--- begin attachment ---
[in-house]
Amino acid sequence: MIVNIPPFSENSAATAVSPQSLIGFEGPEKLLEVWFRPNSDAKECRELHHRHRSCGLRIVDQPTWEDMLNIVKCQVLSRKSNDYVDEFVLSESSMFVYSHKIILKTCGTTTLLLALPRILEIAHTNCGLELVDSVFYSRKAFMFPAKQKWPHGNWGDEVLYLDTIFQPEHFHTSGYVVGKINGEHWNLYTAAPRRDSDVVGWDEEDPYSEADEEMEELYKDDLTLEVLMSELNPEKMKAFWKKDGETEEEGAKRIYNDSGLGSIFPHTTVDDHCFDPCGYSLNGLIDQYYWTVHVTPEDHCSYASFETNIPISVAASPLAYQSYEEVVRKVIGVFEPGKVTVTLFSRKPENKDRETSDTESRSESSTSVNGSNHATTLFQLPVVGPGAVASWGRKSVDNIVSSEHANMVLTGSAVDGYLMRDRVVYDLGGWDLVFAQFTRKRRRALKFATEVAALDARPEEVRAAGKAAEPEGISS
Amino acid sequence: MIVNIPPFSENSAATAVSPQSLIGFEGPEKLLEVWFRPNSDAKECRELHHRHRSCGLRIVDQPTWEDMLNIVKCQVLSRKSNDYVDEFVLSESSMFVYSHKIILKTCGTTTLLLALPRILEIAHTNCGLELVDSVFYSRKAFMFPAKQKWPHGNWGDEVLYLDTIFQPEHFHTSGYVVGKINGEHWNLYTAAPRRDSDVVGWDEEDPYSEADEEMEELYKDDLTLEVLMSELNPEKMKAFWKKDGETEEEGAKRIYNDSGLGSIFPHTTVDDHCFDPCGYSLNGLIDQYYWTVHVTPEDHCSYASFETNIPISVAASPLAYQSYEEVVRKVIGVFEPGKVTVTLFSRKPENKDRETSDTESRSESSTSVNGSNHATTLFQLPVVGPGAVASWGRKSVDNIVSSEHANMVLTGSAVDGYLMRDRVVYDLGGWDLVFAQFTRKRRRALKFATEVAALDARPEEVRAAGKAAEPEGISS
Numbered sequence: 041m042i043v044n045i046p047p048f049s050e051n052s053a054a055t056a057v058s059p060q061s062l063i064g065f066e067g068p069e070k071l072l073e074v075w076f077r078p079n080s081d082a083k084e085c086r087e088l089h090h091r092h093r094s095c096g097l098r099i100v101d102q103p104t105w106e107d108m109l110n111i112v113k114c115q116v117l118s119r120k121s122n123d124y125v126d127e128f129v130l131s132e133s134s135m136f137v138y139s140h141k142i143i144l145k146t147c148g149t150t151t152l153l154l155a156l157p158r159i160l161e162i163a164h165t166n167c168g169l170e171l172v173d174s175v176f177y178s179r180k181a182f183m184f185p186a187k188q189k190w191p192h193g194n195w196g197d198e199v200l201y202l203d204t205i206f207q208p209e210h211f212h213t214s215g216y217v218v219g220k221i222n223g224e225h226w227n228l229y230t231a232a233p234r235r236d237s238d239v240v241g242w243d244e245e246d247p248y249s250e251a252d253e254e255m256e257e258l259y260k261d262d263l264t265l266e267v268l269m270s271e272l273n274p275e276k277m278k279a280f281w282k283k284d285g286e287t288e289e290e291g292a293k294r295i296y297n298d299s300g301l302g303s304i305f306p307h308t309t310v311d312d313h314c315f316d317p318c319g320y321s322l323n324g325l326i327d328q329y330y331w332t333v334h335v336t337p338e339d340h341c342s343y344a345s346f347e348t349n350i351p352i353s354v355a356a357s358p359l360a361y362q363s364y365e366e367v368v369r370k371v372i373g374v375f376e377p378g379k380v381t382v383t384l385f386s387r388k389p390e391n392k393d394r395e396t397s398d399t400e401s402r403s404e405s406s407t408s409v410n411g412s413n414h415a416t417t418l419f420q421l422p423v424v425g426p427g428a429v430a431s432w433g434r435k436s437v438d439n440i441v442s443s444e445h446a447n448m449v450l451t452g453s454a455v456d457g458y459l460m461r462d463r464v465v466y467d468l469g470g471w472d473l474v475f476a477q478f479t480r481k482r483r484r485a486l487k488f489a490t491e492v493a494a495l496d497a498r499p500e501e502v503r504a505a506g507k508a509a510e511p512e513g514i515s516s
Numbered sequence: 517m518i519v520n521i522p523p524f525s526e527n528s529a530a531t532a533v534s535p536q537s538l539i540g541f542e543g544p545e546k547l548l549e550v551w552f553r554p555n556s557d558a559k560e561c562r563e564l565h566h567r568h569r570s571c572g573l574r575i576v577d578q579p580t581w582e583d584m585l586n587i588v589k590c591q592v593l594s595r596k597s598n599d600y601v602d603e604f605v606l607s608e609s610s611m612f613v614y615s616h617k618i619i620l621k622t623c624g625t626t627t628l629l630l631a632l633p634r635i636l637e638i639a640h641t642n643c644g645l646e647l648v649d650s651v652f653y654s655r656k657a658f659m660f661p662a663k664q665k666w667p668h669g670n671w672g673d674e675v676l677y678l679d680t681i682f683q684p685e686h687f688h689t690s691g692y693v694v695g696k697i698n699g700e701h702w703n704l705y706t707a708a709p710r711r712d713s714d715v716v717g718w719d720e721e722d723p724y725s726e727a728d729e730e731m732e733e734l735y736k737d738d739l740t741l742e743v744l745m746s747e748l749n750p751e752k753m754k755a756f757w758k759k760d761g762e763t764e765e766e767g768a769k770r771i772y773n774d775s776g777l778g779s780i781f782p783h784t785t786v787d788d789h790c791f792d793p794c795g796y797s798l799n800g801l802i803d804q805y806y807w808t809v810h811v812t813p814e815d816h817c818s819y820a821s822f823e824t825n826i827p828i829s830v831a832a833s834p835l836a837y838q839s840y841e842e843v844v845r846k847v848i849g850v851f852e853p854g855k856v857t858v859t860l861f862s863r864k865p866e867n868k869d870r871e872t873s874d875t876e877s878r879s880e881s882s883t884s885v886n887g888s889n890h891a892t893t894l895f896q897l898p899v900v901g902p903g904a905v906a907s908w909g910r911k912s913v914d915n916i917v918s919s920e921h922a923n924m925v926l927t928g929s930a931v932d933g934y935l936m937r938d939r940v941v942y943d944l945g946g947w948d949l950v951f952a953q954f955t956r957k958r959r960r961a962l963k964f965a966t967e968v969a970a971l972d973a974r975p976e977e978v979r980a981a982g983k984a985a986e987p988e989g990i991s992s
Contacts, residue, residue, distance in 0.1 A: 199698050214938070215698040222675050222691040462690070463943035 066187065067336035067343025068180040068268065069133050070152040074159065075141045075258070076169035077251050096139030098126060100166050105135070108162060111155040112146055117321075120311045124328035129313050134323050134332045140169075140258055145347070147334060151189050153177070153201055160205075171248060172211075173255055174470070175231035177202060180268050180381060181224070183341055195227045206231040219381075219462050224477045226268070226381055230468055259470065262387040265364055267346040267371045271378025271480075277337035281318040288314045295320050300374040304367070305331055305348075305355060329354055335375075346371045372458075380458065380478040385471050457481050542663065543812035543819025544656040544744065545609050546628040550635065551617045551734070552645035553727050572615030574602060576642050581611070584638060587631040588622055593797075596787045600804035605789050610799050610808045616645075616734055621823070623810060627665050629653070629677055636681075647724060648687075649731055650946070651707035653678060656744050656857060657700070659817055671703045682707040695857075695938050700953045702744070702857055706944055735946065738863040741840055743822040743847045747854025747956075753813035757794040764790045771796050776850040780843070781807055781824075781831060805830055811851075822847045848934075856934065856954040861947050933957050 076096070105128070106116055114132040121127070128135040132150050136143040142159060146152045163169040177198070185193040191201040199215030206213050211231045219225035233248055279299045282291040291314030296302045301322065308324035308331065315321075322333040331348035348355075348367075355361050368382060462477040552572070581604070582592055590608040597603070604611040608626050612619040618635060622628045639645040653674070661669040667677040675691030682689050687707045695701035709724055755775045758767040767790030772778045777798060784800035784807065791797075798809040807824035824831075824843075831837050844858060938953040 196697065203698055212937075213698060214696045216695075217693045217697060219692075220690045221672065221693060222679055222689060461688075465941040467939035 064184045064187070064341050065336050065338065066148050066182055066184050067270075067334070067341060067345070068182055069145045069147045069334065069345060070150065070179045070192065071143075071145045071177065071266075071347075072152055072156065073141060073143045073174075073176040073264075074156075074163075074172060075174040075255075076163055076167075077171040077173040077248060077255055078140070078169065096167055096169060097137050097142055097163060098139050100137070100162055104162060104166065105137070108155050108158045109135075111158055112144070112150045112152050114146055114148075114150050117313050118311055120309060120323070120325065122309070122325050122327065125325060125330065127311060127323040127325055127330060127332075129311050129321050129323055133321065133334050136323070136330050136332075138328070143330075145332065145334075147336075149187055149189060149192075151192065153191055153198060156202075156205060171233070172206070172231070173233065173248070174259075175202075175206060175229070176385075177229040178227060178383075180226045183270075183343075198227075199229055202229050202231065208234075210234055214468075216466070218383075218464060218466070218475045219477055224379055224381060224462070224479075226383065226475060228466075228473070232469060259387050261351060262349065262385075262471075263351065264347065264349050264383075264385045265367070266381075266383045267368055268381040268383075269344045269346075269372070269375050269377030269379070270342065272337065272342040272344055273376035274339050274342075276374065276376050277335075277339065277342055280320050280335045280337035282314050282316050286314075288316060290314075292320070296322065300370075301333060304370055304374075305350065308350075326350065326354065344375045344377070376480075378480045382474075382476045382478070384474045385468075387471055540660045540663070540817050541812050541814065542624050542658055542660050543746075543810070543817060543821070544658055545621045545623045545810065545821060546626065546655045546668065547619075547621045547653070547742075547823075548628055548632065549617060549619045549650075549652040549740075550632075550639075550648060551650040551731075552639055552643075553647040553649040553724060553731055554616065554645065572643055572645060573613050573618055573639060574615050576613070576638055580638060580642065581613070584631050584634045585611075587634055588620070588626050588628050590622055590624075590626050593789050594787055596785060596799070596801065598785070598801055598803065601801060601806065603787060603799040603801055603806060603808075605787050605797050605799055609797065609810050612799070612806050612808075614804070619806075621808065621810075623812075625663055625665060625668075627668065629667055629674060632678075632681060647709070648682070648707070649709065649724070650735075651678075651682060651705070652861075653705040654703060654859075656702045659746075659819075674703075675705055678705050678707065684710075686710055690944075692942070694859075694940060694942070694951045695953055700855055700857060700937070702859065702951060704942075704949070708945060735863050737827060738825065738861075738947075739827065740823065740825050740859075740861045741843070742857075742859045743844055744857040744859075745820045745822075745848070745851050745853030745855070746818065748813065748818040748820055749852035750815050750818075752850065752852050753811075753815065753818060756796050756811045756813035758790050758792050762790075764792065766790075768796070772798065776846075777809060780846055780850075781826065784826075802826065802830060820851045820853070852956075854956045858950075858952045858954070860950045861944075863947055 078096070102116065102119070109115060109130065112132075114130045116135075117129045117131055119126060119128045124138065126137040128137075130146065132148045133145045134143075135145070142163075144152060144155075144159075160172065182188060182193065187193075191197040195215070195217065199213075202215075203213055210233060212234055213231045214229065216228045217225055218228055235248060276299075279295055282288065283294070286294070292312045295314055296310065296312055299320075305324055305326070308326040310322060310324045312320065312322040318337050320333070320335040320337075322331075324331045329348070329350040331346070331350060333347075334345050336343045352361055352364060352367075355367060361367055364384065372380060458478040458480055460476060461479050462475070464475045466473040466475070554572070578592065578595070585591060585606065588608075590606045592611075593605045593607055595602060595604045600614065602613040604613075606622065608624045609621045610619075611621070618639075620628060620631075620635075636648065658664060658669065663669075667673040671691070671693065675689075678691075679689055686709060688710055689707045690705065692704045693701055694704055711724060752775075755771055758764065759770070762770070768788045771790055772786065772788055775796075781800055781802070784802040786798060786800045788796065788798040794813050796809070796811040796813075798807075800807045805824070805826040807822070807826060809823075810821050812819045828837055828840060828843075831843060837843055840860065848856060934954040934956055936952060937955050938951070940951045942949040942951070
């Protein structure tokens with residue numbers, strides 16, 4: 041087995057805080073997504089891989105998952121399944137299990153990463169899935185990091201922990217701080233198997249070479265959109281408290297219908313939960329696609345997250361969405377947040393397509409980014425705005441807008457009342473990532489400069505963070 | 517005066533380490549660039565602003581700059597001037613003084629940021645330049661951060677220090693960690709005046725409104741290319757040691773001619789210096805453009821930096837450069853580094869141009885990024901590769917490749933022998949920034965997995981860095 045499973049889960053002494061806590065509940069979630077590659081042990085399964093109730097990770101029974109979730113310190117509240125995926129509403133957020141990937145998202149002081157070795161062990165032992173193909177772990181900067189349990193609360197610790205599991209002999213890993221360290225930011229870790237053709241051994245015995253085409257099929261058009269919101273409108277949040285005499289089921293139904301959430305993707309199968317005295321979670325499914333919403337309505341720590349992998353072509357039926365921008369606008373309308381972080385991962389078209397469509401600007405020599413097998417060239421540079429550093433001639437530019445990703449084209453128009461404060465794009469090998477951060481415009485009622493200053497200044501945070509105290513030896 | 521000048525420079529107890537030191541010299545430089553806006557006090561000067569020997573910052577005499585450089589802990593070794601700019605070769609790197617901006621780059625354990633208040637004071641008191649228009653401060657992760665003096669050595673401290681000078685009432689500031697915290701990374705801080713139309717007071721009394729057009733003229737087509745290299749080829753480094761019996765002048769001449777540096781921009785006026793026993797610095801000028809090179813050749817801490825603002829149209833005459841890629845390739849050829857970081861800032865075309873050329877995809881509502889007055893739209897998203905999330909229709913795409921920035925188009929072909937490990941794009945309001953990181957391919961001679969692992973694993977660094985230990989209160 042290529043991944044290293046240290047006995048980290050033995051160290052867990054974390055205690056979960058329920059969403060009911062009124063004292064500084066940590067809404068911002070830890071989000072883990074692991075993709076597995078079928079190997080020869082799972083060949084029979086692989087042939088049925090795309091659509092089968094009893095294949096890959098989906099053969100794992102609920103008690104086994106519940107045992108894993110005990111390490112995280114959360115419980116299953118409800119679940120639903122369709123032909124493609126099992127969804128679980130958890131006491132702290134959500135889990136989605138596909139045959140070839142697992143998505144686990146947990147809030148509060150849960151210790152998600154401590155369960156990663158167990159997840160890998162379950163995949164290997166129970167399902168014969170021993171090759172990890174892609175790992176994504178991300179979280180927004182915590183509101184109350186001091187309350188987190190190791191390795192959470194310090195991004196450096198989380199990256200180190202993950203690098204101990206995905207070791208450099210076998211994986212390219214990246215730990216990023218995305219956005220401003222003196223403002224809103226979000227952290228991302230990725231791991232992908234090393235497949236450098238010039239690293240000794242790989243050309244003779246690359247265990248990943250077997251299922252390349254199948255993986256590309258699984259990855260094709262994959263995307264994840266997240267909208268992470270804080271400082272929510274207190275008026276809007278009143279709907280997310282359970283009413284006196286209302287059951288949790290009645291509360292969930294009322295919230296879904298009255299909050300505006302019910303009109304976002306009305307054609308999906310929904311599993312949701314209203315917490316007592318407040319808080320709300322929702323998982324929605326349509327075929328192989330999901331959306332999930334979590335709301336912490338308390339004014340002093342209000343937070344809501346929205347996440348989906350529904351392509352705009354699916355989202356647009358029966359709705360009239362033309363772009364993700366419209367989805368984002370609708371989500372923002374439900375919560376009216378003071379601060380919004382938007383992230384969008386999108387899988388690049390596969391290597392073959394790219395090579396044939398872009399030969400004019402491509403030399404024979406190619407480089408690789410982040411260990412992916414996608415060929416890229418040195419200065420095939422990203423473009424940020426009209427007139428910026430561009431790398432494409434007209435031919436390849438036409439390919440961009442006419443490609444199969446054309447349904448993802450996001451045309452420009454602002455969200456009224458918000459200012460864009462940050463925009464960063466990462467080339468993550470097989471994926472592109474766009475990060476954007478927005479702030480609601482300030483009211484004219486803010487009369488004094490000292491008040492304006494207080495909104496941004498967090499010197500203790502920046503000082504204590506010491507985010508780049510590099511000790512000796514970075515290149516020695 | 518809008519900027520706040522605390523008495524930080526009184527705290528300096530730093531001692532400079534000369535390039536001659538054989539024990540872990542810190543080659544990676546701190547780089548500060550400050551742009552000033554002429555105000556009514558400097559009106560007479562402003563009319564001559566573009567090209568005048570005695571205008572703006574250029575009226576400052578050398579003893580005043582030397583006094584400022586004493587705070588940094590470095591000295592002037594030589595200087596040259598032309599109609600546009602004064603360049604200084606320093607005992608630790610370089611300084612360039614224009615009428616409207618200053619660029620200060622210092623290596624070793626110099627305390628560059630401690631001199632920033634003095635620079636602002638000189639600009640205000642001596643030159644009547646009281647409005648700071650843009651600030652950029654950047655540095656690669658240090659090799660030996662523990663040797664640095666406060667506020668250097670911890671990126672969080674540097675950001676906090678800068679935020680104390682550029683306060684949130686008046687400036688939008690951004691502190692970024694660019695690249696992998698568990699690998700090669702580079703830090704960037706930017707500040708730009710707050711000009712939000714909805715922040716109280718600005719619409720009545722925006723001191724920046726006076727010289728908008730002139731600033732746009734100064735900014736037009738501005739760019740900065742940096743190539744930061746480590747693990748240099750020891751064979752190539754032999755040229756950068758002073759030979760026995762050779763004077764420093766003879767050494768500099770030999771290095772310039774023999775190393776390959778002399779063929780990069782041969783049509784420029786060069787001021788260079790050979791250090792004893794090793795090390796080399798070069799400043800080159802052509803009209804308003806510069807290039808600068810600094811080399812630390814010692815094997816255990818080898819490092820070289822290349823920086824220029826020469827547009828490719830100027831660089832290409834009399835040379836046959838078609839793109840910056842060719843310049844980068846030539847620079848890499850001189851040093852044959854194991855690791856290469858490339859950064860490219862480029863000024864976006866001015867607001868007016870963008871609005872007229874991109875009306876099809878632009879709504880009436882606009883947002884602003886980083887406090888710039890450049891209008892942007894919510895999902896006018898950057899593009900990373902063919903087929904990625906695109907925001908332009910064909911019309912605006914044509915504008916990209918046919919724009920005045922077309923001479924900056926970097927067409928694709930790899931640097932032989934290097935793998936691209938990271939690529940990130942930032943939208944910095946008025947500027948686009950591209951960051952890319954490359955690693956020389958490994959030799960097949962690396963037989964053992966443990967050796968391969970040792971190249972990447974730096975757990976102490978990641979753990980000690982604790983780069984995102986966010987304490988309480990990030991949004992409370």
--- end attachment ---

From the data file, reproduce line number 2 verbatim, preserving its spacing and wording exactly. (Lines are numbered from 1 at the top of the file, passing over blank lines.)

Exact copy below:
Amino acid sequence: MIVNIPPFSENSAATAVSPQSLIGFEGPEKLLEVWFRPNSDAKECRELHHRHRSCGLRIVDQPTWEDMLNIVKCQVLSRKSNDYVDEFVLSESSMFVYSHKIILKTCGTTTLLLALPRILEIAHTNCGLELVDSVFYSRKAFMFPAKQKWPHGNWGDEVLYLDTIFQPEHFHTSGYVVGKINGEHWNLYTAAPRRDSDVVGWDEEDPYSEADEEMEELYKDDLTLEVLMSELNPEKMKAFWKKDGETEEEGAKRIYNDSGLGSIFPHTTVDDHCFDPCGYSLNGLIDQYYWTVHVTPEDHCSYASFETNIPISVAASPLAYQSYEEVVRKVIGVFEPGKVTVTLFSRKPENKDRETSDTESRSESSTSVNGSNHATTLFQLPVVGPGAVASWGRKSVDNIVSSEHANMVLTGSAVDGYLMRDRVVYDLGGWDLVFAQFTRKRRRALKFATEVAALDARPEEVRAAGKAAEPEGISS